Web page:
Socialism is a system where the producers of a society equally share power.  There is no hierarchy under socialism, other than the dictatorship of the proletariat: that is, under socialism the capital class (which produces none of the resources in a society, but only benefits from the fruits of the working class’s labor) is powerless.  Members of the capital class may feel oppressed about this new social, political and economic arrangement, but systemic oppression is not subjective.  It’s not about feelings.  In order to share in the power of the socialist system, the bourgeoisie must disappear as a class and join the proletariat.  Once the bourgeoisie has disappeared, another qualitative change in society takes place, and then we have reached the point of communism: no classes, no property, no borders.

Capitalism, on the other hand, is a system that requires an unequal share of power within its hierarchy of classes.  European men created capitalism for their own benefit, but they have always used class antagonisms within the tiered structure of capitalist society to consolidate and expand their power.  Through systemic rewards and punishments (“the carrot and the stick”) individuals within each tier of the bourgeois social structure act out of self-interest (or self-preservation), further oppressing members of marginalized groups in order to get ahead.

Capitalism is built on this individualistic opportunism.  But the individual has no power on their own: their power to oppress comes entirely from the ruling class.  And as long as the ruling class is making greater and greater profits, all individuals in all classes below it are “free” to oppress marginalized identities– “free” in the ironic sense (irony having been banished from “America” some time around 1776).  This is the “life, liberty and pursuit of happiness” embedded in the ideology of bourgeois (capitalist) democracy: the freedom to take advantage of the racist, patriarchal power structure for one’s personal gain.

This means white gays are empowered in much the same way as white straights to get ahead by aligning themselves with the homophobic power structure.  There are some areas where white gays are marginalized within the capitalist hierarchy.  But this vulnerability that white gays experience in relation to the inherent homophobia of capitalism doesn’t erase their whiteness.  And the same is true for white women overall, including white trans women.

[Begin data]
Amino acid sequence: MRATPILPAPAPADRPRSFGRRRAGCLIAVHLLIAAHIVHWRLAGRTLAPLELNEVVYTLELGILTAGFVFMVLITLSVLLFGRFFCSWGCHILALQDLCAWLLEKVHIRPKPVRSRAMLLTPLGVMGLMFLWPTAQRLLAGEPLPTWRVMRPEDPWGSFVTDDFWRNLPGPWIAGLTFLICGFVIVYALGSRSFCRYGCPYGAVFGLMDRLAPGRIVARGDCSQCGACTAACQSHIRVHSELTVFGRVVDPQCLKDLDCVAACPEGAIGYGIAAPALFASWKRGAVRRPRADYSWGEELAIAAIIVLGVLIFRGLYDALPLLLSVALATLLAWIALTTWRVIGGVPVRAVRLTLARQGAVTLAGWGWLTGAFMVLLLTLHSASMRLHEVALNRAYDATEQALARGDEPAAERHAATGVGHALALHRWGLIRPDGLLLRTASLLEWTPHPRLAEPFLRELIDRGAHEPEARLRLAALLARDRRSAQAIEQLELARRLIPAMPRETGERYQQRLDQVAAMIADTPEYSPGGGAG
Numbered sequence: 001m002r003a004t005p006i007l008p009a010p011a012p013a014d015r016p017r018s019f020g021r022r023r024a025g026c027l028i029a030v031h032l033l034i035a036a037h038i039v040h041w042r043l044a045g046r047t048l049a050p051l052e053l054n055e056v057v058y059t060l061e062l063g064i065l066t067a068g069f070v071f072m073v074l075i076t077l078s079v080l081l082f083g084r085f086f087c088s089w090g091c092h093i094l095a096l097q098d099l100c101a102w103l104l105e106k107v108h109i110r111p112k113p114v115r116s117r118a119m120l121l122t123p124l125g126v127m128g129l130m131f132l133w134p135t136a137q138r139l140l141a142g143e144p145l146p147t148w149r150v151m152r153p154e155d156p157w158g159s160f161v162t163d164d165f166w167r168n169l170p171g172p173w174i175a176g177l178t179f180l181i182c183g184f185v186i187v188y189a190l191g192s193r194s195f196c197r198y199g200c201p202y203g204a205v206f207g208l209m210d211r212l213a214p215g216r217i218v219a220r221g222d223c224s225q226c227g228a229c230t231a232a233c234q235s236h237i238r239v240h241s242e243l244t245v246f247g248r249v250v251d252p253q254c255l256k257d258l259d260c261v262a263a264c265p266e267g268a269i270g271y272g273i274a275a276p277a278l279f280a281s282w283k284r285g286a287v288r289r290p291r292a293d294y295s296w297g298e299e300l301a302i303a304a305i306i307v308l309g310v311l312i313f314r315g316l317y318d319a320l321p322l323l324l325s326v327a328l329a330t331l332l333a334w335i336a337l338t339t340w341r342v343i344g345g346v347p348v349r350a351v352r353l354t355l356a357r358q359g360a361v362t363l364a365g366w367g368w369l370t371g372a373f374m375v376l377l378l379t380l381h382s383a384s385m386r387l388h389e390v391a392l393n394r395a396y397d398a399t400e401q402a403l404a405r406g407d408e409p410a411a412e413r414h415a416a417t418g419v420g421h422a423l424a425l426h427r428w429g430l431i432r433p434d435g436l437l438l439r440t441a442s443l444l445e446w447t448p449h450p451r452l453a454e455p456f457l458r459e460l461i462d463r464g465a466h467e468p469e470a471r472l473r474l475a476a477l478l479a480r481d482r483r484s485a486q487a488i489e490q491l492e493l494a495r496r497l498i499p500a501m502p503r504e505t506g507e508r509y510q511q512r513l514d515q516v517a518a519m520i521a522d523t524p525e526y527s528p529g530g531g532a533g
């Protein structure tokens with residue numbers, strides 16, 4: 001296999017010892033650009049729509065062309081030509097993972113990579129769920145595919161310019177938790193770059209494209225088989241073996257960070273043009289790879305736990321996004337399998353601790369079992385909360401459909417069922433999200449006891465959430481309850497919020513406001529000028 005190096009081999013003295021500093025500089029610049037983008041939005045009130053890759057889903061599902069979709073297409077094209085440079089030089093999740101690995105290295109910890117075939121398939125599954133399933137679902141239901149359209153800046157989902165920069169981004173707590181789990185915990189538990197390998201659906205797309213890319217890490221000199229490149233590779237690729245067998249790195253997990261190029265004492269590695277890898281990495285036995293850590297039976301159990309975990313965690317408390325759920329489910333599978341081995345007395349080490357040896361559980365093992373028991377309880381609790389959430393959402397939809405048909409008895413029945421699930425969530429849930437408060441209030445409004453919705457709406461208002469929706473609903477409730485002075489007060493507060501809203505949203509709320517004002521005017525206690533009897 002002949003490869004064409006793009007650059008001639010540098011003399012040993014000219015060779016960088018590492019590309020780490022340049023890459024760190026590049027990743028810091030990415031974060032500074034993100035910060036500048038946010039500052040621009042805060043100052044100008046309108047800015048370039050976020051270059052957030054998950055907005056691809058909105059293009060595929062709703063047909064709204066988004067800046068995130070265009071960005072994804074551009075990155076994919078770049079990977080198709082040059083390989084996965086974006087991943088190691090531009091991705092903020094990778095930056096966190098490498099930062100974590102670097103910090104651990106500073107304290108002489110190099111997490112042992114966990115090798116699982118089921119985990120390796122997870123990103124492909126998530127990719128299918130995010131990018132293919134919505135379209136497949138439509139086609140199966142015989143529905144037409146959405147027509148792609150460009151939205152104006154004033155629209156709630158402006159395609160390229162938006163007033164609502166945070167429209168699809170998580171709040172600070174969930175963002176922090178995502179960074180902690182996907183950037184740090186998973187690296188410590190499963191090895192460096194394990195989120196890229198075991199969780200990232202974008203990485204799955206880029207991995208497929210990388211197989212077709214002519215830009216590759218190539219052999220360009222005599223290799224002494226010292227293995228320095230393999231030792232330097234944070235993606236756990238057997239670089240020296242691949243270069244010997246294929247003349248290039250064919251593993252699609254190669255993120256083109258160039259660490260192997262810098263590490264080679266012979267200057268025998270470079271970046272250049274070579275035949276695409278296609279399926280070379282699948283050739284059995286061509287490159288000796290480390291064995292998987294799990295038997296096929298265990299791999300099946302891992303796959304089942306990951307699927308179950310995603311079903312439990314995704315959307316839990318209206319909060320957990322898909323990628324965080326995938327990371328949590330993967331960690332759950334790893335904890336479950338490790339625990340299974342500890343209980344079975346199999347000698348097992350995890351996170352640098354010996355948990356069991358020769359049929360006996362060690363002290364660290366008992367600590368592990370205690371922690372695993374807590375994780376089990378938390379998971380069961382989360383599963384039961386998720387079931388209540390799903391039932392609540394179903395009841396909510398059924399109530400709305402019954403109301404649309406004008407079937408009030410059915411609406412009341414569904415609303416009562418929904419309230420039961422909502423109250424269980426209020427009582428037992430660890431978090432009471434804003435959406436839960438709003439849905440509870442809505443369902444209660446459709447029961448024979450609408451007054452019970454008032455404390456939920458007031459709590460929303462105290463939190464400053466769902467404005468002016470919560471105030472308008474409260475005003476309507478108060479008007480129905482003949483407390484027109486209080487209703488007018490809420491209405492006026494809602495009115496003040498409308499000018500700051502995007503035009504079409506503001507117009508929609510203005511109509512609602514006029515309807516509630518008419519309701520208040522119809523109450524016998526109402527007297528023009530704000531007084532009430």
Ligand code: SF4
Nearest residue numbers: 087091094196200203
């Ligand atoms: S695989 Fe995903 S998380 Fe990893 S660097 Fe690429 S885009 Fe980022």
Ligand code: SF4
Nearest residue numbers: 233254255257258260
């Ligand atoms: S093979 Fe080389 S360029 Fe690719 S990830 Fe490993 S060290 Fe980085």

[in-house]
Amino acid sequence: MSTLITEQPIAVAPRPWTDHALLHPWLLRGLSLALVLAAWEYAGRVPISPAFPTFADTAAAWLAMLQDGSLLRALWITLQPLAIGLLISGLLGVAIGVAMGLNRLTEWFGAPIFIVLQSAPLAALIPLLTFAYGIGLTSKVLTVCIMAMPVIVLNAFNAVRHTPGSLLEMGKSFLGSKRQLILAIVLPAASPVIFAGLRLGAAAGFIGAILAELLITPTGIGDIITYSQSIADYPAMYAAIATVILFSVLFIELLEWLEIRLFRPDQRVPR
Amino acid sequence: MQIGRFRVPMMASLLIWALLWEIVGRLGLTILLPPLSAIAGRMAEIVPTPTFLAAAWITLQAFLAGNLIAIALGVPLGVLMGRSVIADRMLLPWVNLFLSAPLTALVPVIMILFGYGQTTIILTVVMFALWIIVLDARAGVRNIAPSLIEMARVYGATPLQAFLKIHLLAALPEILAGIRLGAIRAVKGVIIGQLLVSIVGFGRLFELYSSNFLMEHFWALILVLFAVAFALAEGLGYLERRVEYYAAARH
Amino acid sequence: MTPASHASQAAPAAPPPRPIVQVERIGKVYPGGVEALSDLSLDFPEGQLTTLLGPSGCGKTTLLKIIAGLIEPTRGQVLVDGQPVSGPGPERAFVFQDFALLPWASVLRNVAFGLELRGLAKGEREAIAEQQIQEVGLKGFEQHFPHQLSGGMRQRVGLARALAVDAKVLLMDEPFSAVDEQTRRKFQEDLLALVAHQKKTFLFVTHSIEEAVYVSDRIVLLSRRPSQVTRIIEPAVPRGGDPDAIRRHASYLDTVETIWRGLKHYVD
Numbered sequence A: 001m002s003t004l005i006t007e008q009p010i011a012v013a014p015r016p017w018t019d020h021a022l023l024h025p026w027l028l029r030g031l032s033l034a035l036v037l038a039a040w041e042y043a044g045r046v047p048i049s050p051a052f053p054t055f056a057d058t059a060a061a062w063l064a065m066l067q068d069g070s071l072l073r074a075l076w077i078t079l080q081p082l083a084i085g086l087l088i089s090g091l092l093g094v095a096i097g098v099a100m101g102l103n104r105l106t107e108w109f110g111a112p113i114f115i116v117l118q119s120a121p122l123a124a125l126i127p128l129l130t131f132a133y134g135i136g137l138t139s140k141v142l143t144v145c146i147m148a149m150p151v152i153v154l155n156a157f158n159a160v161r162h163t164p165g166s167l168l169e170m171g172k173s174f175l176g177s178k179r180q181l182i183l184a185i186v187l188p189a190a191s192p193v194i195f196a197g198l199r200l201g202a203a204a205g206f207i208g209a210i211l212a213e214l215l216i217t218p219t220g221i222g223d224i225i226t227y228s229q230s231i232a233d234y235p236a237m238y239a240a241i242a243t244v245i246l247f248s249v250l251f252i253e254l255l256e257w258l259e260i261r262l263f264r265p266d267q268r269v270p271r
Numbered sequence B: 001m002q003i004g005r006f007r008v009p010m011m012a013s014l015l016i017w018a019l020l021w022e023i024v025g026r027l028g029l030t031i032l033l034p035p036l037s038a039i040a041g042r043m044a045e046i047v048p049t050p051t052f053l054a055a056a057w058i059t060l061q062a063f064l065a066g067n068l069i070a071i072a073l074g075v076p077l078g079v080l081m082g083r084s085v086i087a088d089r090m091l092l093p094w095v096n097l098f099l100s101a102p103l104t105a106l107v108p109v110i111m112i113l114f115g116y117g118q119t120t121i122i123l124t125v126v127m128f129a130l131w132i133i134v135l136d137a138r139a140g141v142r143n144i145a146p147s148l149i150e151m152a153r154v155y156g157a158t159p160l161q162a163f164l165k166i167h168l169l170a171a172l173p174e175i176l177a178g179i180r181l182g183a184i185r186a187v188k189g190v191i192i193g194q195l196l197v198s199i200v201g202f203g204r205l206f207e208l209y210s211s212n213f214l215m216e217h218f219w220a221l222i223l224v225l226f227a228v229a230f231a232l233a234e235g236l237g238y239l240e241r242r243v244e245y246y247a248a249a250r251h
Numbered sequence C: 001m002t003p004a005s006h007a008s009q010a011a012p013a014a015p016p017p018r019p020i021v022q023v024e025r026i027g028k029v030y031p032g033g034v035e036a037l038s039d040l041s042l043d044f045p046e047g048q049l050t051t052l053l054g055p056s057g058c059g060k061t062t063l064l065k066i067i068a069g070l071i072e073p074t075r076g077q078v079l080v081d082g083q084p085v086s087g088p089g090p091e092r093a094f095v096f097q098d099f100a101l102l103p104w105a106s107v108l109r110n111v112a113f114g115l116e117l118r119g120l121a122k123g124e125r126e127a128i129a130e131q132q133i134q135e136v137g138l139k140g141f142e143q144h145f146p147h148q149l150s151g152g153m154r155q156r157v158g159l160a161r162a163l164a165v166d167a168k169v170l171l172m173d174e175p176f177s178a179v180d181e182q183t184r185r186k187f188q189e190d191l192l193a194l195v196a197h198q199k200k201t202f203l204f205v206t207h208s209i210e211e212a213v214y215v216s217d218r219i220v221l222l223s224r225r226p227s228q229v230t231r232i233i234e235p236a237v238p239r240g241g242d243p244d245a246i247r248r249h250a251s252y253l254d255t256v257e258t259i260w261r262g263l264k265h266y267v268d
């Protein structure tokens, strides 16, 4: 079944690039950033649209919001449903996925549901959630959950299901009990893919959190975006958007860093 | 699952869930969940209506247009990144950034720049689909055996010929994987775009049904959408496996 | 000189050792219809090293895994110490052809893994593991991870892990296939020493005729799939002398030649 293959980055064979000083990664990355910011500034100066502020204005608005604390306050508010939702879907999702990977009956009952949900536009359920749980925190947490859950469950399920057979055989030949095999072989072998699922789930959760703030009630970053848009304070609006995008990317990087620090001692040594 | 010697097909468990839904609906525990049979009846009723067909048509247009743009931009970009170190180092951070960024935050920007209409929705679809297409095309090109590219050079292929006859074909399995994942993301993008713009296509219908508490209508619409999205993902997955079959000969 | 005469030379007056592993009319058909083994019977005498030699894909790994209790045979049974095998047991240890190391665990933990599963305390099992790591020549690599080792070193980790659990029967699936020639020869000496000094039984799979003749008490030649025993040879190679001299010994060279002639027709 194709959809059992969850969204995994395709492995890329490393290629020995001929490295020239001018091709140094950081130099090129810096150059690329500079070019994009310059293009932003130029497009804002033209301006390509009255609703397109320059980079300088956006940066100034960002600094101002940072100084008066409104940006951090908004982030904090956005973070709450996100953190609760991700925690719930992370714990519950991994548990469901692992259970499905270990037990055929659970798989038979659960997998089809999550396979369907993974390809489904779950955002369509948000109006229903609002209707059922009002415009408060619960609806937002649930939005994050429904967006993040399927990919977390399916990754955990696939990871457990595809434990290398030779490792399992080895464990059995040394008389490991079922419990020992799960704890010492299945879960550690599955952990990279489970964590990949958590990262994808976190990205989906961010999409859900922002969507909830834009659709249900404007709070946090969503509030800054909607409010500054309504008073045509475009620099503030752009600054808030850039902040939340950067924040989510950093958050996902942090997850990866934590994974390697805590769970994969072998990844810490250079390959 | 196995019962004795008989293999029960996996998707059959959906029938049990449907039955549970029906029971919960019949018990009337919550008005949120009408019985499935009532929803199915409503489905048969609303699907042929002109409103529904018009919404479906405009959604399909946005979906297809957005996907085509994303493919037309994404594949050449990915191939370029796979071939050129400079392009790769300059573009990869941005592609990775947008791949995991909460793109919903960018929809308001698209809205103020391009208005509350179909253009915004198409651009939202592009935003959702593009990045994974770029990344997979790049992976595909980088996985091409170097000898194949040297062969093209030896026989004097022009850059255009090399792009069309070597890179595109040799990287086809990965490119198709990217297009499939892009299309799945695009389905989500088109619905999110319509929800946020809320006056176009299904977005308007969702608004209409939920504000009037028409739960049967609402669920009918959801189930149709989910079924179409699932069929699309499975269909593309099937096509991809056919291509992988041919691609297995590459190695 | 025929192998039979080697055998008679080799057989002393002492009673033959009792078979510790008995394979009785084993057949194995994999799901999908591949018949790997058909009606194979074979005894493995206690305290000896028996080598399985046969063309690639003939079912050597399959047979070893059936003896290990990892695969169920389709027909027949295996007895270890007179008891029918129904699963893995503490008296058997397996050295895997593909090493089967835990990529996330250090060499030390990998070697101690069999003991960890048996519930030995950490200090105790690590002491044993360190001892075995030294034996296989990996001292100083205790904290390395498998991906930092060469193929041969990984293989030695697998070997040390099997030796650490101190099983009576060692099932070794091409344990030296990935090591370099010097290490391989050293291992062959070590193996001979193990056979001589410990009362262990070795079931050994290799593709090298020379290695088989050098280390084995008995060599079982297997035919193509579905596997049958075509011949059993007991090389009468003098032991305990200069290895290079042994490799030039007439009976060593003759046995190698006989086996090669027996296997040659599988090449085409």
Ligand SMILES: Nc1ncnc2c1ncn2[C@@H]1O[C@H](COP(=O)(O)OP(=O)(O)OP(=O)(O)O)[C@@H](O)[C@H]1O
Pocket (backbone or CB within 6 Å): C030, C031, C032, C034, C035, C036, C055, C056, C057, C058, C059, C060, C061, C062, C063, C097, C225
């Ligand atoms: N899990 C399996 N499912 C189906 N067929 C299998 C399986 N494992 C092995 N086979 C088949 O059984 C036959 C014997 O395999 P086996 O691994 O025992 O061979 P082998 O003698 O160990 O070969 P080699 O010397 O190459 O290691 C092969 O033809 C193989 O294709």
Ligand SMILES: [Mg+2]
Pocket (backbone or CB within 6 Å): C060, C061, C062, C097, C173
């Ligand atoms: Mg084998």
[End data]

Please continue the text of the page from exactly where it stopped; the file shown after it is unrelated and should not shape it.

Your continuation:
In one sense, all whites are white men.  When it comes to the question of power, and how we use any of the power that we have in order to advance on an individual level, all Europeans are cis/het white men.  Why?  Because we all want what they have.  Having what white men have means comfort and security for us too.  And all whites are incentivized by the racist, patriarchal power structure of capitalism to act white.

Whiteness, as a political identity, is based on power– and, more specifically, on the unequal share of power that white men have created for themselves.  So, when it comes to power, all white people– by acting white— are playing the part of white men: cisgender, heterosexual white men.  There’s nothing else to whiteness but a grab for more and more power, and the wealth that goes along with this power.

The “American” identity is a nearly perfect disguise for all white people here to act white– to play the role of the cis/het white guy.  Except we call it “patriotism” (this sounds less like “white supremacy” or “white nationalism”).

In fact, the “American” identity allows– or rather, empowers– many people of color to play the role of the white guy as well.  However, we won’t criticize people of color in this analysis, and not just to “stay in our lane.”  It’s an objective reality that Africans/Black people did not create this system.  Indigenous peoples did not create this system.  Certainly queer and transgender people of color (QTPOC) did not create capitalism.  So the complicity is not the same for people of color in the systemic oppression perpetuated by “America” as it is for whites.  Even as “America” has become more “inclusive” it has done so to consolidate and expand the power of the current system, not to restore land and resources to Indigenous peoples, Africans, and all other colonized communities.  And any quantitative change in the condition of people of color that takes places under capitalism is based on a shift in systemic oppression to some other segment of their colonized community, or some other community altogether.  This is why so many people in countries terrorized by European imperialist capitalism come to the United States and want to be “American” as well: power.  Without its greater share of wealth and power, at the expense of the globe, the U.S. settler colony would be nothing.  Whiteness would be nothing.

The problem with “America” is not cis/het white men.  The problem with “America” is America.  Capitalism is the enemy of the world (people and earth), and the United States would be nothing without the system of power that holds its illegitimate borders and unjust class hierarchy in place.  Whiteness, cisnormativity, heteronormativity, and toxic masculinity sit atop this hierarchy of capitalism, assuring through genocidal violence that this profitable and rigid structure remains unchanged.  But any identity– and any individual– that throws in their lot with the racist, patriarchal power structure, is empowered to oppress.  Capitalism harms the white woman– transgender or cisgender– at the point of transphobia and sexism, but, at the same time, capitalism arms her to oppress, and to further benefit from the exploitation of colonized communities, at every other point of her identity that is not a specific category for her marginalization.